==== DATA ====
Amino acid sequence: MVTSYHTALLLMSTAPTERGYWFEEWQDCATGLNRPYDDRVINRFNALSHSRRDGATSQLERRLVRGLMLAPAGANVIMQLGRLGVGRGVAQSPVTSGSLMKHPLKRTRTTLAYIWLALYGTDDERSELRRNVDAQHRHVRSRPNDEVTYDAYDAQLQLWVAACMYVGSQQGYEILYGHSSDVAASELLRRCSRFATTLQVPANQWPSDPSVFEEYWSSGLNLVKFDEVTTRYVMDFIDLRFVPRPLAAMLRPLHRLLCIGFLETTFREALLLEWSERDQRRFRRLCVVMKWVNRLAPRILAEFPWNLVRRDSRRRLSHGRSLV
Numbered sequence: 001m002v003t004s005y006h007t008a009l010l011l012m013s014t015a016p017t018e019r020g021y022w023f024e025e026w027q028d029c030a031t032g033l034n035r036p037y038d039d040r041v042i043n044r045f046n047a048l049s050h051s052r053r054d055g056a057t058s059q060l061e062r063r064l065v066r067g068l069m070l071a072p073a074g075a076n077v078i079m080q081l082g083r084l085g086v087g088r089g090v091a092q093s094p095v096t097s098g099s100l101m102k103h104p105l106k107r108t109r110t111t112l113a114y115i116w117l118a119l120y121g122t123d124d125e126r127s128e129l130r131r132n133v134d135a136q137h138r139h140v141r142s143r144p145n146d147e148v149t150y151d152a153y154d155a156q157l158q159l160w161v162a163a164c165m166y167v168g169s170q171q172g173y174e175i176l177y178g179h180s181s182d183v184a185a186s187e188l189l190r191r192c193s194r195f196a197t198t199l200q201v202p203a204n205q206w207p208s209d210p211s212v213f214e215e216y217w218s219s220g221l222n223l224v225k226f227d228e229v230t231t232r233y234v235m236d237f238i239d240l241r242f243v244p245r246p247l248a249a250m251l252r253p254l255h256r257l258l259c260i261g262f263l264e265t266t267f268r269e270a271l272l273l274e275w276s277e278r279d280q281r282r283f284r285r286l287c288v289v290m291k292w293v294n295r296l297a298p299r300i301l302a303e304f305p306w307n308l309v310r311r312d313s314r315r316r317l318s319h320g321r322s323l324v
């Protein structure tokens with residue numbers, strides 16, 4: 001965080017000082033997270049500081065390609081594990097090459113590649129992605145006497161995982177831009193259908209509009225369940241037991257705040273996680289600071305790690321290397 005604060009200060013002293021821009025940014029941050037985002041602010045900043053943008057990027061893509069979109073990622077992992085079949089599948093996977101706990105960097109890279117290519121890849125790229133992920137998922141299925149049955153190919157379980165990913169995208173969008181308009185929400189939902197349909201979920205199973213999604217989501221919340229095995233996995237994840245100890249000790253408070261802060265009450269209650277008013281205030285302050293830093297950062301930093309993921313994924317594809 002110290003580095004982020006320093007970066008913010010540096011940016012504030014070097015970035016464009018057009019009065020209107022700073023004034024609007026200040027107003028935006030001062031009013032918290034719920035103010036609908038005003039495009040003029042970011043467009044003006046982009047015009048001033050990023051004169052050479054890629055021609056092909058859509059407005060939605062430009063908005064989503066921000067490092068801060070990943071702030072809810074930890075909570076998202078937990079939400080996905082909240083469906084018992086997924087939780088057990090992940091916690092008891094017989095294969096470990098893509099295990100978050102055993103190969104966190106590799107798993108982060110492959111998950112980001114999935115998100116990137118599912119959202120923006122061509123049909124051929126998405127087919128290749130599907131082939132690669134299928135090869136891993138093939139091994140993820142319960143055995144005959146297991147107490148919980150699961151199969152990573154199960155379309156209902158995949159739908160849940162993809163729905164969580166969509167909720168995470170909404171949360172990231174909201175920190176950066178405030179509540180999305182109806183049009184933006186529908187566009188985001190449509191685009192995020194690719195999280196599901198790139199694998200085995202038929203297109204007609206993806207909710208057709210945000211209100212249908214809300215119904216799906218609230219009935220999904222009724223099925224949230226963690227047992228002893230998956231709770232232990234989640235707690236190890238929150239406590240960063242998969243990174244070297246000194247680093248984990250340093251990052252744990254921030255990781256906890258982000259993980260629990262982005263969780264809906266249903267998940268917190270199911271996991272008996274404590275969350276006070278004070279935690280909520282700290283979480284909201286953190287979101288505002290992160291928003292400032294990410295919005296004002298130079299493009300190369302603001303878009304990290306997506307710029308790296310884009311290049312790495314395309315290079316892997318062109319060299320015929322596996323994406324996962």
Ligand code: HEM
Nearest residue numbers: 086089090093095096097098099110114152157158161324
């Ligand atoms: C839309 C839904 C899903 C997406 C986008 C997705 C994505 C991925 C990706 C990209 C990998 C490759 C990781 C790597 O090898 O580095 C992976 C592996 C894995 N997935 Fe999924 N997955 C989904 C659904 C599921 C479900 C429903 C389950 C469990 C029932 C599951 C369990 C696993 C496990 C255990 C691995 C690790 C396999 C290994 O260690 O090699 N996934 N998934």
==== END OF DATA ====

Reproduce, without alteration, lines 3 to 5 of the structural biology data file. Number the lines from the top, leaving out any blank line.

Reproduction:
């Protein structure tokens with residue numbers, strides 16, 4: 001965080017000082033997270049500081065390609081594990097090459113590649129992605145006497161995982177831009193259908209509009225369940241037991257705040273996680289600071305790690321290397 005604060009200060013002293021821009025940014029941050037985002041602010045900043053943008057990027061893509069979109073990622077992992085079949089599948093996977101706990105960097109890279117290519121890849125790229133992920137998922141299925149049955153190919157379980165990913169995208173969008181308009185929400189939902197349909201979920205199973213999604217989501221919340229095995233996995237994840245100890249000790253408070261802060265009450269209650277008013281205030285302050293830093297950062301930093309993921313994924317594809 002110290003580095004982020006320093007970066008913010010540096011940016012504030014070097015970035016464009018057009019009065020209107022700073023004034024609007026200040027107003028935006030001062031009013032918290034719920035103010036609908038005003039495009040003029042970011043467009044003006046982009047015009048001033050990023051004169052050479054890629055021609056092909058859509059407005060939605062430009063908005064989503066921000067490092068801060070990943071702030072809810074930890075909570076998202078937990079939400080996905082909240083469906084018992086997924087939780088057990090992940091916690092008891094017989095294969096470990098893509099295990100978050102055993103190969104966190106590799107798993108982060110492959111998950112980001114999935115998100116990137118599912119959202120923006122061509123049909124051929126998405127087919128290749130599907131082939132690669134299928135090869136891993138093939139091994140993820142319960143055995144005959146297991147107490148919980150699961151199969152990573154199960155379309156209902158995949159739908160849940162993809163729905164969580166969509167909720168995470170909404171949360172990231174909201175920190176950066178405030179509540180999305182109806183049009184933006186529908187566009188985001190449509191685009192995020194690719195999280196599901198790139199694998200085995202038929203297109204007609206993806207909710208057709210945000211209100212249908214809300215119904216799906218609230219009935220999904222009724223099925224949230226963690227047992228002893230998956231709770232232990234989640235707690236190890238929150239406590240960063242998969243990174244070297246000194247680093248984990250340093251990052252744990254921030255990781256906890258982000259993980260629990262982005263969780264809906266249903267998940268917190270199911271996991272008996274404590275969350276006070278004070279935690280909520282700290283979480284909201286953190287979101288505002290992160291928003292400032294990410295919005296004002298130079299493009300190369302603001303878009304990290306997506307710029308790296310884009311290049312790495314395309315290079316892997318062109319060299320015929322596996323994406324996962």
Ligand code: HEM
Nearest residue numbers: 086089090093095096097098099110114152157158161324